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-   -   Do you leave it cocked? (http://www.firearmstalk.com/forums/f26/do-you-leave-cocked-17075/)

Shotgun Shooter 08-18-2009 07:30 AM

Do you leave it cocked?
 
Since curiosity killed the cat, I got to thinking how many people leave their hammers cocked in their shotguns. Now I'm talking about non HD shotguns, like when you're done hunting or the sorts.

So my question to the all the frequent shotgun users, do YOU keep your hammer cocked even if the gun is completely empty?

S.S.

Hawg 08-18-2009 11:02 AM

Yeah, pretty much unless it has an external hammer.

Shotgun Shooter 08-18-2009 11:08 AM

I have a single shot, but I never cock it unless I'm shooting it.

S.S.

jeepcreep927 08-18-2009 11:55 AM

Out of habit, I don't leave the hammer cocked on anything if it's in storage/ put away. Dry fire everything to unload the springs and then I lock them up.

Virginian 08-18-2009 12:42 PM

Nope. I have snap caps and drop the hammer before putting them in the safe. Just another little ritual to make sure they are less likely to be loaded. It is not really needed since modern music wire coil springs get "worn' by cycling them, not by leaving them compressed or uncompressed, but I do it anyway.

spittinfire 08-18-2009 01:46 PM

I have a single shot 410 but I never leave the hammer cocked. It only gets pulled back when I'm ready to shoot it.
My dad talks about my grandfather and my great uncle going pheasant hunting. He said the one would always fuss at the other for walking around with the hammers back on a loaded shotgun. Scary thought.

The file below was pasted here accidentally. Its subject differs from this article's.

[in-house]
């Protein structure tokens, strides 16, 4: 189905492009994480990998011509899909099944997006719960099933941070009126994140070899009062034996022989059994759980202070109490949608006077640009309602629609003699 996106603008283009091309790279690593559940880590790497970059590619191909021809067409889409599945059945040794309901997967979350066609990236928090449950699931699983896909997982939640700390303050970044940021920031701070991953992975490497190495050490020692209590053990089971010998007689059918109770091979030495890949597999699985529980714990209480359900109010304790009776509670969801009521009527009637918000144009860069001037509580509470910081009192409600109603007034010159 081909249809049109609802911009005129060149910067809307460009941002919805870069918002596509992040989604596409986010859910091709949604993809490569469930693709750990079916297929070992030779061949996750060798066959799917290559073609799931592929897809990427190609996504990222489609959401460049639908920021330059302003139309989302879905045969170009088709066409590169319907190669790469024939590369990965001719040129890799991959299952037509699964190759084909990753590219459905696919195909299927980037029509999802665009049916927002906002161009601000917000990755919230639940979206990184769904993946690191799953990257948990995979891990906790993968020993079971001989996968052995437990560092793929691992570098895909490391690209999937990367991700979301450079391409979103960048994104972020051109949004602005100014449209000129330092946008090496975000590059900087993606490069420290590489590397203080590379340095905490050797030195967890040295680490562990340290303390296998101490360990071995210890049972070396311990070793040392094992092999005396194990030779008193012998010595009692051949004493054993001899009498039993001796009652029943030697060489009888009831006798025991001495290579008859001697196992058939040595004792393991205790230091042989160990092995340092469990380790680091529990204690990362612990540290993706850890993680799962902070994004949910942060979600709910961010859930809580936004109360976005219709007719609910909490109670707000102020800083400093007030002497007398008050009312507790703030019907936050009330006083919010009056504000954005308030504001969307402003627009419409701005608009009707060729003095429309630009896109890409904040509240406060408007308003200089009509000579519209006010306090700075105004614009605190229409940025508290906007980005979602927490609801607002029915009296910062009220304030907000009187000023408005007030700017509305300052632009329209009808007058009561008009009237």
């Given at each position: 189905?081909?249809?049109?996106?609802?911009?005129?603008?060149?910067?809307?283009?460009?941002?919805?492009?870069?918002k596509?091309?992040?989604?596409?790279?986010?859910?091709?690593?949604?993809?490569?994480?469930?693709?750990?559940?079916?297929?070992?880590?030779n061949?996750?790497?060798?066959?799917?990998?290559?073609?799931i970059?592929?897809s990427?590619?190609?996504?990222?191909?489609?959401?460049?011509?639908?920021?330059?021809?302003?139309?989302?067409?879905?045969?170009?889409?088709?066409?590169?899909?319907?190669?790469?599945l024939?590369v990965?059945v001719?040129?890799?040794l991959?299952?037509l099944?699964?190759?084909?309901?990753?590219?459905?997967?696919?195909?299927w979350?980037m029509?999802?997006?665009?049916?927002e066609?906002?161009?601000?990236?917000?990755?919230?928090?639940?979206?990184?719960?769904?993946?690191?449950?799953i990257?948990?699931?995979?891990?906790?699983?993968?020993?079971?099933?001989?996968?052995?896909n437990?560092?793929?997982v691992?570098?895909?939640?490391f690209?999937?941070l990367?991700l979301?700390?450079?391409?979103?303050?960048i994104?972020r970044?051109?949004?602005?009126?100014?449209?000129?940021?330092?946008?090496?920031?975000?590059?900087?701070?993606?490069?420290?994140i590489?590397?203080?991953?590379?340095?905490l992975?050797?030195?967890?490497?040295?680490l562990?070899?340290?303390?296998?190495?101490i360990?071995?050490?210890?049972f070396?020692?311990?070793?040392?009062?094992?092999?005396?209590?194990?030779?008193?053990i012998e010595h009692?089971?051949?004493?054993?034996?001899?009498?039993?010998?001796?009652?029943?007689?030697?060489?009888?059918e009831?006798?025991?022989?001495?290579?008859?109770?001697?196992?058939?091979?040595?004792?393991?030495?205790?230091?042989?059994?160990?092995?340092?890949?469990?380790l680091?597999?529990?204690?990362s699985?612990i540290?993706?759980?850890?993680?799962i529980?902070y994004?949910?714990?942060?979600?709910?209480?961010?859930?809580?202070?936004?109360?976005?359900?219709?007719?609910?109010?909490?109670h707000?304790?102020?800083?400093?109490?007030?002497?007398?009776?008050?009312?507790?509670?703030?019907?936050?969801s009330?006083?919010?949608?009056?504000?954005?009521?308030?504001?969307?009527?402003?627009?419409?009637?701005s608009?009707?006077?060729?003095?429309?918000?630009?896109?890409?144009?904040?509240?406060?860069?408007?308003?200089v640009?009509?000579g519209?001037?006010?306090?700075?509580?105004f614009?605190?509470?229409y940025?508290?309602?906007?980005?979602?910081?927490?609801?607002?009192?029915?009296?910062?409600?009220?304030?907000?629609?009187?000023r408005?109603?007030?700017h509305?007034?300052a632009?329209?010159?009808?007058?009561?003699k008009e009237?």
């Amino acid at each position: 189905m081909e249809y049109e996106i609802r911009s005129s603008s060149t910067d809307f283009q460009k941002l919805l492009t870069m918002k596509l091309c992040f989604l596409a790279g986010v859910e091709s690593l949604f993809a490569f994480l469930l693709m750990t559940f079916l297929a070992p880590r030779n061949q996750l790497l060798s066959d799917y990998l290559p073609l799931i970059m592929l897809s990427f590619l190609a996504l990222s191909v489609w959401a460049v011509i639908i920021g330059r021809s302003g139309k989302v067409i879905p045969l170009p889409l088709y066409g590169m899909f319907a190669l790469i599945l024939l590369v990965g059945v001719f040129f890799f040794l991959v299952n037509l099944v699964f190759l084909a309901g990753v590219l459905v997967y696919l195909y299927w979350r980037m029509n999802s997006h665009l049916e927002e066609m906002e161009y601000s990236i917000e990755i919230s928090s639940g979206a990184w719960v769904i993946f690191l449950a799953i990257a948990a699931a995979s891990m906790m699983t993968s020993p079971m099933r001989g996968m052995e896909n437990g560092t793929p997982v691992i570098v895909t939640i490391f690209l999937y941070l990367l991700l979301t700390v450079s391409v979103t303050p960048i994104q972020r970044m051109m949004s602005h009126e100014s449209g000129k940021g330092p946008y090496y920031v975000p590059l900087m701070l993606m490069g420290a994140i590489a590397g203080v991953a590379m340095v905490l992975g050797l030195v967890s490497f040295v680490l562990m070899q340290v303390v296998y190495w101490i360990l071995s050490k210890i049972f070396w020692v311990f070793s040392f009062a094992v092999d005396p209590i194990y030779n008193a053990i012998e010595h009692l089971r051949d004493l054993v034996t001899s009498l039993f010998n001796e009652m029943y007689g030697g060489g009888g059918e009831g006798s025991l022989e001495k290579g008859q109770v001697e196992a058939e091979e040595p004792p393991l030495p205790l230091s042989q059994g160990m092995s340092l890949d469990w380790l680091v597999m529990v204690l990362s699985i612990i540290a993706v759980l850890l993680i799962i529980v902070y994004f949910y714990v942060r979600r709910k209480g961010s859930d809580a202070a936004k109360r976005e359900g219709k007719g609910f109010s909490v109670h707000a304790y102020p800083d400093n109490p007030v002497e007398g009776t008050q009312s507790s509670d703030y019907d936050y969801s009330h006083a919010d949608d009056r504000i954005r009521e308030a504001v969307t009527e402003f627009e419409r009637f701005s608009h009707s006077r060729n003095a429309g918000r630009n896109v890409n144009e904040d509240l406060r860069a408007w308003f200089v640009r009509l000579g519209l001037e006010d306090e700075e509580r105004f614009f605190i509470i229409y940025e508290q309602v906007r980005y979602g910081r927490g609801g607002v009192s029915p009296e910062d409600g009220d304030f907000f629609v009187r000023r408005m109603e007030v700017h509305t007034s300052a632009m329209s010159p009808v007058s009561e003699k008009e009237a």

WGram3 08-18-2009 03:36 PM

Of course my external hammer guns are uncocked unless ready to fire, but I think the issue centers more around internal hammer guns that automatically cock by either having been just fired or by cycling unfired rounds out before storage. I have read about using snap caps, and I have read heated arguments in other forums about whether or not this is necessary or helpful.

So, here's my take. Neither myself, nor anybody in my family uses or has used snap caps, so therefore, all of our guns are stored cocked. As for the effects on the gun, the oldest gun we still use every hunting season is a Rem pre-M11 (1930's vintage), and it shows zero effects of wear from being stored cocked for 80 years. My personal firearms subject to being stored cocked:
1958 Browning A5 (auto)
1950's Spanish Double (internal hammer)
1960's Ithaca 51 (auto)
1980's Weatherby (pump)

All these guns are flawless year after year.


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